[0052] Electromagnetic energy exiting illumination optics module 104 is used to illuminate a reticle (not shown) held by reticle stage 106. By illuminating the reticle, a circuit pattern thereon is transferred to photosensitive substrate 110. Photosensitive substrate 110 is processed in a manner known to persons skilled in the lithography arts to form one or more circuits.

[0053] Projection optics module 108 is used to image electromagnetic energy that passes through the reticle onto photosensitive substrate 110. Projection optics 108 can also be used to reduce the reticle image formed on photosensitive substrate 110.

[0054] Stage control 114 controls the movement and positioning of reticle sage 106 and wafer stage 112. Stage control 114 enables lithography device 100 to operate in either a step-and-scan mode, a step-and-repeat mode, and/or a field stitching mode.

[0055]FIG. 2 illustrates how to measure the partial coherence of lithography device 100. Two cones 208 and 210 are shown in FIG. 2. Cone 210 represents the actual space through which electromagnetic energy from illumination source 102 passes to illuminate a reticle held by reticle stage 106. Cone 208 represents the maximum cone or space through which electromagnetic energy can pass and still be used to image wafer 110. The angular distribution of cone 210 (i.e., the partial coherence factor σ of cone 210) is given by EQ. 1: σ = θ 0 θ m EQ . 1

[0056] where, as shown in FIG. 2, cone 208 forms an angle θm with a optical axis of lithography device 100, and cone 210 forms an angle θ0 with the optical axis.

[0057]FIG. 3 illustrates the angular distribution of light in a conventional lithography device 300 as a function of field position. In FIG. 3, electromagnetic energy is shown exiting an illumination optics module 302. This exiting electromagnetic energy has not been conditioned in accordance with the invention. The exiting electromagnetic energy passes through a reticle stage 304. A reticle or semiconductor mask (not shown) is placed at an image plan of reticle stage 304. The exiting electromagnetic energy passes through a projection optics module 306. Projection optics module 306 images electromagnetic energy at an image plane located proximate to a wafer stage.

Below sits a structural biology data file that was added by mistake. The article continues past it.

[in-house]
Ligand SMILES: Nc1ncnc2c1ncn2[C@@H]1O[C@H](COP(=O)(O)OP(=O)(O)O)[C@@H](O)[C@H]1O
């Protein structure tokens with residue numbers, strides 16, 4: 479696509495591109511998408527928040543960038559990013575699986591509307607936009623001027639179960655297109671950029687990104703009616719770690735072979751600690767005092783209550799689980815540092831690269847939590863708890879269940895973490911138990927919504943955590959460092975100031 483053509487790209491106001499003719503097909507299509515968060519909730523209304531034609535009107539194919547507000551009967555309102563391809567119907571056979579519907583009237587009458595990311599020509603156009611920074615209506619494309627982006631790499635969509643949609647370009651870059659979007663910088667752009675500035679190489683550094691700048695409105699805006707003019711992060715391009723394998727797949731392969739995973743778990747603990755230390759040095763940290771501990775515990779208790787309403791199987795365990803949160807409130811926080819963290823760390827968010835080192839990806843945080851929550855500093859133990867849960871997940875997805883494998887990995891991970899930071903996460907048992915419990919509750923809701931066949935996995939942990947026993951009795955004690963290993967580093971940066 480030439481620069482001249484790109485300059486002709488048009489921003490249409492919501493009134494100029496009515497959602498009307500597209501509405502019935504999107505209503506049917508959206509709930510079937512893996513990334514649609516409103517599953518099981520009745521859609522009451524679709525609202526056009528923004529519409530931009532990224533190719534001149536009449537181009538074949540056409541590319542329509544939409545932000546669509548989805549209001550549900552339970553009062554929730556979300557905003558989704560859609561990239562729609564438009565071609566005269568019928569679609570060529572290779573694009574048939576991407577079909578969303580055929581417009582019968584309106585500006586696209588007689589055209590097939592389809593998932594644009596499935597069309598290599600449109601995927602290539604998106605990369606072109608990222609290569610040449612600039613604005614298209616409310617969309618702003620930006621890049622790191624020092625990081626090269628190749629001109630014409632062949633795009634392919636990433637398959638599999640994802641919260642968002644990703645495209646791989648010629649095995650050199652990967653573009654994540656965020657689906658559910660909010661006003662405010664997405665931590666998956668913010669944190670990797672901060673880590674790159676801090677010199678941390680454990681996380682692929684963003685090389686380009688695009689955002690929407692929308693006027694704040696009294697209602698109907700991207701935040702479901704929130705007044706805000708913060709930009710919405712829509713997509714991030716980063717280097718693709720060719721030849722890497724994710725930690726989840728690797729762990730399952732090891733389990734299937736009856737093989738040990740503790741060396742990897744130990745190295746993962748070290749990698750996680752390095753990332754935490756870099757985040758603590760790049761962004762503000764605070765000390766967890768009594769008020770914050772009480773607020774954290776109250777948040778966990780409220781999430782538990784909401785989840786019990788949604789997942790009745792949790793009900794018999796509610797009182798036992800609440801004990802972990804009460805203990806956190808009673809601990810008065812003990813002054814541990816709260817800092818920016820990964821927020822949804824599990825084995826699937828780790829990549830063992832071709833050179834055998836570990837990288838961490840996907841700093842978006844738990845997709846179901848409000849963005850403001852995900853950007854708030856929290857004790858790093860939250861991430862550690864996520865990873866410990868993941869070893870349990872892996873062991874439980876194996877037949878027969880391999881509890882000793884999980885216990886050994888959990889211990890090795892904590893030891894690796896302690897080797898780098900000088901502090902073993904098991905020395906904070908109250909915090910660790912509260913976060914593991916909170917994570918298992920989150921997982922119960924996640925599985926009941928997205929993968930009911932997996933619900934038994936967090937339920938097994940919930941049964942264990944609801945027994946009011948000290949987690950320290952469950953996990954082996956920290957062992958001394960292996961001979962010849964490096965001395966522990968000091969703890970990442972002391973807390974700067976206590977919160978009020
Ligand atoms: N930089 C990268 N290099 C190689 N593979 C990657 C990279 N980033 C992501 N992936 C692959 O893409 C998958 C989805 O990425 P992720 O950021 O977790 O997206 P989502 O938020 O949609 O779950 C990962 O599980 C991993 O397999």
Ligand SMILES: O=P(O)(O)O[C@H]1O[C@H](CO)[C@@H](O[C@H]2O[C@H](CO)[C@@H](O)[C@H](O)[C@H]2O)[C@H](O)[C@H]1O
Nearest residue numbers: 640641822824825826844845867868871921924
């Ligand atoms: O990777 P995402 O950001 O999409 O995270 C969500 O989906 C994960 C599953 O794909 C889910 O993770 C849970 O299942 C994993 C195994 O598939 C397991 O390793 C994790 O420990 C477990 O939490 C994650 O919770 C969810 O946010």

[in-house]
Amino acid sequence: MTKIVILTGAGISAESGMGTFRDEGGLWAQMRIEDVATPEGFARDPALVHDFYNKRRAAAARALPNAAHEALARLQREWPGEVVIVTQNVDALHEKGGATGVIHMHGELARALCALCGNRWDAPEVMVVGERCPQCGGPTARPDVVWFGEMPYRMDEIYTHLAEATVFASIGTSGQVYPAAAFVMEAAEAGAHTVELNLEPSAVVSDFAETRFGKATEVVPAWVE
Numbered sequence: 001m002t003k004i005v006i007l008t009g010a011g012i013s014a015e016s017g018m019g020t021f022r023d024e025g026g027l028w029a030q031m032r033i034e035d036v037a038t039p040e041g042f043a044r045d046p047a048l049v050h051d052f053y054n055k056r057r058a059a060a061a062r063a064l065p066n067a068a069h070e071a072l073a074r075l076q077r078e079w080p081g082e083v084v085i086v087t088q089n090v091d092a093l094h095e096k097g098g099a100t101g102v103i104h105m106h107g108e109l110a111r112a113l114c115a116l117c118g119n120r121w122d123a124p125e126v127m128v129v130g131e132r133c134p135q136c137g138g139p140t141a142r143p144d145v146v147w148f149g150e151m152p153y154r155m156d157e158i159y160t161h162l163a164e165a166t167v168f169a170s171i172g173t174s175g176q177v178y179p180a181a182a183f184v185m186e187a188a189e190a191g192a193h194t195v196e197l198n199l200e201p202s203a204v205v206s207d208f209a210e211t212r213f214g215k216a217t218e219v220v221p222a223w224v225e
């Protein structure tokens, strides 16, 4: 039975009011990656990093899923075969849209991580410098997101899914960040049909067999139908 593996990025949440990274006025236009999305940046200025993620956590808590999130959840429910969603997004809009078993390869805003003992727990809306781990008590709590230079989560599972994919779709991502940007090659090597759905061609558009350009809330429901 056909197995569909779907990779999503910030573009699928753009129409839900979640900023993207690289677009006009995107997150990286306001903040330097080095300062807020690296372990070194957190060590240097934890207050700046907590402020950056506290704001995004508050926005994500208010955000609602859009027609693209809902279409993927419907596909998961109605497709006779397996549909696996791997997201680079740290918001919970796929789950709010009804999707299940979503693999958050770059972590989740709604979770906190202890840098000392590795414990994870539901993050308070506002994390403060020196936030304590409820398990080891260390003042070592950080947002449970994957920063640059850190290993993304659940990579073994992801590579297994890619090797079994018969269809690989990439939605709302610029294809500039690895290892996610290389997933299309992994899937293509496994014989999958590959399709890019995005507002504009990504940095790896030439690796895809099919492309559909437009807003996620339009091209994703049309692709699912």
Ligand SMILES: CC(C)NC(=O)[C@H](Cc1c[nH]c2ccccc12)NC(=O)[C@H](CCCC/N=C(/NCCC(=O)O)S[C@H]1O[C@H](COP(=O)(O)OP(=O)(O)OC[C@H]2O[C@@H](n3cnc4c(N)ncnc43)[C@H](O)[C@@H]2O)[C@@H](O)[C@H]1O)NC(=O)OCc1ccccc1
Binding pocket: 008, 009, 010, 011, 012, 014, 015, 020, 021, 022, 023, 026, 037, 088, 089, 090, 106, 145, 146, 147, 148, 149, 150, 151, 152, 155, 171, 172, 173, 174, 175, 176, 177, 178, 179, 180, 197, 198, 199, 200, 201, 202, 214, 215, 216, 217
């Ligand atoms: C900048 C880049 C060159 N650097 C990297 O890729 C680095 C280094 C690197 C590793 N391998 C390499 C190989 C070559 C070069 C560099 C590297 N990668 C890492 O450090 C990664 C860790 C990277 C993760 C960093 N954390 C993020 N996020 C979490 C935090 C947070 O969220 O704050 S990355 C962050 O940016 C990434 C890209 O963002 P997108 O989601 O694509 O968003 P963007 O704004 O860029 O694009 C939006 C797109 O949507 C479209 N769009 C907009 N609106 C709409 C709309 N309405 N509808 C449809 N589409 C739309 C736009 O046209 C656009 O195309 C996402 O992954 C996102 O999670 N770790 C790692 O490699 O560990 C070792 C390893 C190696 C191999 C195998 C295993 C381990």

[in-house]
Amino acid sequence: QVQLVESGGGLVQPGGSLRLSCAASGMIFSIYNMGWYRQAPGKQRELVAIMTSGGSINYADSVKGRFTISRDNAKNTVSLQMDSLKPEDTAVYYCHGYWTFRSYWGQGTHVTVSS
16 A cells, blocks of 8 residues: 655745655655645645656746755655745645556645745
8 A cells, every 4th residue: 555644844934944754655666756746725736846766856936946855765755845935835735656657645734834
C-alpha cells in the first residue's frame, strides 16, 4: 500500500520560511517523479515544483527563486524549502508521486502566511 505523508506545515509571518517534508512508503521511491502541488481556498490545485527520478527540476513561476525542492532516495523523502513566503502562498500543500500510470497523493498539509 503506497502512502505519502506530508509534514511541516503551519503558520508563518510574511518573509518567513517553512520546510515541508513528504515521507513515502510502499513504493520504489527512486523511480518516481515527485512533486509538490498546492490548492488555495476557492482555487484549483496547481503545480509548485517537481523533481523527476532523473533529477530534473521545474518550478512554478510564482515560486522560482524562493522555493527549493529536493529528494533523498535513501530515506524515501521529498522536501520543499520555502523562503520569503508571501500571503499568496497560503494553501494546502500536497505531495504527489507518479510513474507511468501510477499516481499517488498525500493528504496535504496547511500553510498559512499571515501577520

[0058] As illustrated in FIG. 3, the electromagnetic energy exiting illumination optics module 302 forms cones of electromagnetic energy (see, e.g., cone 310A). Similar cones of electromagnetic energy (see, e.g., cone 310B) are also formed by the electromagnetic energy as it exits projection optics module 306. These cones of electromagnetic energy (represented as cones 310B, 314, 316, 318, and 320) form an illumination field 312. Illumination field 312 is used to expose a photosensitive substrate of a wafer 330.

[0059] Illumination field 312 does not vary as a function of field position. Each cone of electromagnetic (e.g., 310B, 314, 316, 318, and 320) that forms a part of illumination field 312 exposes a different point on wafer 330. Cone 308B illustrates a maximum cone of electromagnetic energy that can be used to expose the photosensitive substrate of wafer 330. This cone is also shown as cone 308A. The shape (i.e., cross-sectional view) of each cone of electromagnetic (e.g., 310B, 314, 316, 318, and 320) is intended to represent the partial coherence of the electromagnetic energy at a particular point in illumination field 312.

[0060] As shown in FIG. 3, there is a relationship between the cones 308A and 308B. Changing the shape of cone 310A causes a similar change to be brought about in cone 310B. Cones 308A and 310A can be used to calculate the partial coherence of lithography device 300.

[0061]FIGS. 4A, 4B, and 4C illustrate horizontal line and vertical line biases. These line biases are brought about, for example, by imperfections in reticles and the optics of a conventional lithography device such as lithography device 300.

[0062]FIG. 4A illustrates an unbiased horizontal line 402 having a width WH and an unbiased vertical line 404 having a width WV formed on wafer 330.

[0063]FIG. 4B illustrates a biased horizontal line 406 having a width WH′ and an unbiased vertical line 404 having a width WV formed on wafer 330.

[0064]FIG. 4C illustrates an unbiased horizontal line 402 having a width WH and a biased vertical line 408 having a width WV′ formed on wafer 330.